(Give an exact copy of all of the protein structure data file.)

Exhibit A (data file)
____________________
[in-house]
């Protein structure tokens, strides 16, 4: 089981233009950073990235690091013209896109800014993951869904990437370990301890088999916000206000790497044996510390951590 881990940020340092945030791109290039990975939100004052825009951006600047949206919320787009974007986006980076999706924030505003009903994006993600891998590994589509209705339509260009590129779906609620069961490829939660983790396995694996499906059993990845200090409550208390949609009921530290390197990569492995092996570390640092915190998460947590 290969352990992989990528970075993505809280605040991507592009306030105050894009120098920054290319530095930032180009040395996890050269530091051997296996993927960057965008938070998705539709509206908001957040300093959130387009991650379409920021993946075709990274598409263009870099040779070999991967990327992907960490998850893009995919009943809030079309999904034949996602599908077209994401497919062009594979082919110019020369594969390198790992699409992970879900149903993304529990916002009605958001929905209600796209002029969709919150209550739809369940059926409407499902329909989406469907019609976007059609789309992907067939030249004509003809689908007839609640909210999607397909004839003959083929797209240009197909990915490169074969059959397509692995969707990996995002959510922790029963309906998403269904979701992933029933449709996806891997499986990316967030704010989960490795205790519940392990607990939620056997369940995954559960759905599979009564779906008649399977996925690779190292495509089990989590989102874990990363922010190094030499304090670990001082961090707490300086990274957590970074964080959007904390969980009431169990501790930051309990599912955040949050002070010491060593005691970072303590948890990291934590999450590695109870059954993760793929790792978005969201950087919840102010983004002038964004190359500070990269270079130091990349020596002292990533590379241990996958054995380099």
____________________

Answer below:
[in-house]
């Protein structure tokens, strides 16, 4: 089981233009950073990235690091013209896109800014993951869904990437370990301890088999916000206000790497044996510390951590 881990940020340092945030791109290039990975939100004052825009951006600047949206919320787009974007986006980076999706924030505003009903994006993600891998590994589509209705339509260009590129779906609620069961490829939660983790396995694996499906059993990845200090409550208390949609009921530290390197990569492995092996570390640092915190998460947590 290969352990992989990528970075993505809280605040991507592009306030105050894009120098920054290319530095930032180009040395996890050269530091051997296996993927960057965008938070998705539709509206908001957040300093959130387009991650379409920021993946075709990274598409263009870099040779070999991967990327992907960490998850893009995919009943809030079309999904034949996602599908077209994401497919062009594979082919110019020369594969390198790992699409992970879900149903993304529990916002009605958001929905209600796209002029969709919150209550739809369940059926409407499902329909989406469907019609976007059609789309992907067939030249004509003809689908007839609640909210999607397909004839003959083929797209240009197909990915490169074969059959397509692995969707990996995002959510922790029963309906998403269904979701992933029933449709996806891997499986990316967030704010989960490795205790519940392990607990939620056997369940995954559960759905599979009564779906008649399977996925690779190292495509089990989590989102874990990363922010190094030499304090670990001082961090707490300086990274957590970074964080959007904390969980009431169990501790930051309990599912955040949050002070010491060593005691970072303590948890990291934590999450590695109870059954993760793929790792978005969201950087919840102010983004002038964004190359500070990269270079130091990349020596002292990533590379241990996958054995380099």